The problem is that they do not have the experience dealing with bicycles because there are not a lot of bicycles on the road compared to cars. People are more conscious about looking for vehicles than for bicycles.
Bicycles have the ability to move quickly in and out of traffic. They can cross crosswalks quickly and navigate quickly.They do not have the size that would draw the attention of a motorist during the same action.
In this regard, a bicycle is a little more dangerous than a pedestrian. It moves quicker, and it can get itself in the way of danger a lot faster than a pedestrian could.
How Would The Case Be Handled If A Bicycle Was In An Accident With An 18-Wheeler?
The case would be no different in terms of the liability, because the same legal principles would apply. However, the injury could be substantially more significant.
It would be very similar from a legal perspective because the same rules of the road and vehicle codes would apply. However, the damages could be a lot more significant.
There was an accident in which the bicyclist was standing with his bicycle on a corner and waiting for the light to change so he could cross the street. At this point, a big 18-wheeler made a right turn. The rear axle of the trailer hopped over the curb and ran over the bicyclist, who was facing the other direction.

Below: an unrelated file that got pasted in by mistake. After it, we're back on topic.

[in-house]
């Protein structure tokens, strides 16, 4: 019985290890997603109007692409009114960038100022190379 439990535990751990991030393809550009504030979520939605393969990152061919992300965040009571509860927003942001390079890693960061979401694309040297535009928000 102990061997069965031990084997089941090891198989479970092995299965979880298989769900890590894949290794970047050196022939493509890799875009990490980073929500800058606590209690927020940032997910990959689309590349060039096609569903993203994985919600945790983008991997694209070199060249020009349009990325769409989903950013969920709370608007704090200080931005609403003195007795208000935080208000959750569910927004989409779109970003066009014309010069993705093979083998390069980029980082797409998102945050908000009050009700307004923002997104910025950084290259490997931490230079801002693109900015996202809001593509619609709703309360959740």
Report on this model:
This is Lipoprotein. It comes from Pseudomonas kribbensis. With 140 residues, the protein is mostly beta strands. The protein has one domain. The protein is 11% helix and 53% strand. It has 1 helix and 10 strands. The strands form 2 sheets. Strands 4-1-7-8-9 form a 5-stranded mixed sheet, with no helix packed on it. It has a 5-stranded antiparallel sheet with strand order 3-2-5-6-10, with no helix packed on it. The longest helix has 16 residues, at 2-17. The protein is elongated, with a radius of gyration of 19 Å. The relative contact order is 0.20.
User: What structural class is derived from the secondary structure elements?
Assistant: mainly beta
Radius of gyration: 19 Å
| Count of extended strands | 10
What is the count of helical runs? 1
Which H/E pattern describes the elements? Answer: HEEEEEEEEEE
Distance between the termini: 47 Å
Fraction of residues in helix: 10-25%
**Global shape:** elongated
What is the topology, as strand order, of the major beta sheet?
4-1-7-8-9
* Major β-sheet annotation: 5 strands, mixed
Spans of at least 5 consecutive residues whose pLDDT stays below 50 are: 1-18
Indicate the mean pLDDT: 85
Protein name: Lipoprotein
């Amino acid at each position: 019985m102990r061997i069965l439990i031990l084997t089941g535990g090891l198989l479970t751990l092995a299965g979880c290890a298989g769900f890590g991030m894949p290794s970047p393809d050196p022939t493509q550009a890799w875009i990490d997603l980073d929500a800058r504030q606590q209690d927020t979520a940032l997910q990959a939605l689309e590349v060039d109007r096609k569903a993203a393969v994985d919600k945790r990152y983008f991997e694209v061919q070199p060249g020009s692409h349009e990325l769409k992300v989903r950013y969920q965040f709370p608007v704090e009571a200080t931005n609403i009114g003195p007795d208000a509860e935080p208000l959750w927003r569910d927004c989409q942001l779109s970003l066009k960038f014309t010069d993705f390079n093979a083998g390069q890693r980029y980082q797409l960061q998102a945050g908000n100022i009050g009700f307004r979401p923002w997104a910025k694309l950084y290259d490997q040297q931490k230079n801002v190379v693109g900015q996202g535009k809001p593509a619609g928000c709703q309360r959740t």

The mechanisms of the accident could be a little different. There is a potential for more risk associated with a bigger accident based on the size and the mobility of the vehicle.
What Could The Other Side Use Against The Victim Of A Bicycle Accident?
A law in California states that the person should act like a car when he is riding a bicycle. This is what I always tell people when I am interviewing them on the phone or making the initial contact with somebody who had a bicycle accident. I always ask if they were acting like a car.
Bicyclists need to abide by the vehicle code, and they need to go with the flow of traffic, honor traffic control devices like stop signs and turn signals, and signal when they are changing lanes. The number one rule is always to act like a car.